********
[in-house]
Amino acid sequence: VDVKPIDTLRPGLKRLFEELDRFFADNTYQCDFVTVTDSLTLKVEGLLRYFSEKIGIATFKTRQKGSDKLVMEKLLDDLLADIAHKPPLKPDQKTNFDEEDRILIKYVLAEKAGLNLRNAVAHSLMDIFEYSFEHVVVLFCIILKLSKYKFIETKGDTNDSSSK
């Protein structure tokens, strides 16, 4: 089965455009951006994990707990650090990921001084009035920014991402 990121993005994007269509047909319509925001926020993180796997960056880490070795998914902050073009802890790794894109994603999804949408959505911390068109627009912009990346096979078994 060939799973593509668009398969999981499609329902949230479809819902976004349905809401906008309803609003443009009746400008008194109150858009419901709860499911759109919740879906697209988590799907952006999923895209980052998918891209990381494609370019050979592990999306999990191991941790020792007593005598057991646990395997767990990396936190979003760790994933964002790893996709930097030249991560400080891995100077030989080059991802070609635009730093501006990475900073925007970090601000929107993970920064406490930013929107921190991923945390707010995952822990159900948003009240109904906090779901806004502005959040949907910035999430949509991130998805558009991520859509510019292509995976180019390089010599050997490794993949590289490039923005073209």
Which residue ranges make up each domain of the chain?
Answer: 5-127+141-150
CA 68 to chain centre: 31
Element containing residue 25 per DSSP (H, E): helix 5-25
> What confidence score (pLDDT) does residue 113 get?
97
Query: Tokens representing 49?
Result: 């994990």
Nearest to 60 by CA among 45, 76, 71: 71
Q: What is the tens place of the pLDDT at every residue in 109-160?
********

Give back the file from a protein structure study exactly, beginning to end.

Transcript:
[in-house]
Amino acid sequence: VDVKPIDTLRPGLKRLFEELDRFFADNTYQCDFVTVTDSLTLKVEGLLRYFSEKIGIATFKTRQKGSDKLVMEKLLDDLLADIAHKPPLKPDQKTNFDEEDRILIKYVLAEKAGLNLRNAVAHSLMDIFEYSFEHVVVLFCIILKLSKYKFIETKGDTNDSSSK
């Protein structure tokens, strides 16, 4: 089965455009951006994990707990650090990921001084009035920014991402 990121993005994007269509047909319509925001926020993180796997960056880490070795998914902050073009802890790794894109994603999804949408959505911390068109627009912009990346096979078994 060939799973593509668009398969999981499609329902949230479809819902976004349905809401906008309803609003443009009746400008008194109150858009419901709860499911759109919740879906697209988590799907952006999923895209980052998918891209990381494609370019050979592990999306999990191991941790020792007593005598057991646990395997767990990396936190979003760790994933964002790893996709930097030249991560400080891995100077030989080059991802070609635009730093501006990475900073925007970090601000929107993970920064406490930013929107921190991923945390707010995952822990159900948003009240109904906090779901806004502005959040949907910035999430949509991130998805558009991520859509510019292509995976180019390089010599050997490794993949590289490039923005073209």
Which residue ranges make up each domain of the chain?
Answer: 5-127+141-150
CA 68 to chain centre: 31
Element containing residue 25 per DSSP (H, E): helix 5-25
> What confidence score (pLDDT) does residue 113 get?
97
Query: Tokens representing 49?
Result: 């994990």
Nearest to 60 by CA among 45, 76, 71: 71
Q: What is the tens place of the pLDDT at every residue in 109-160?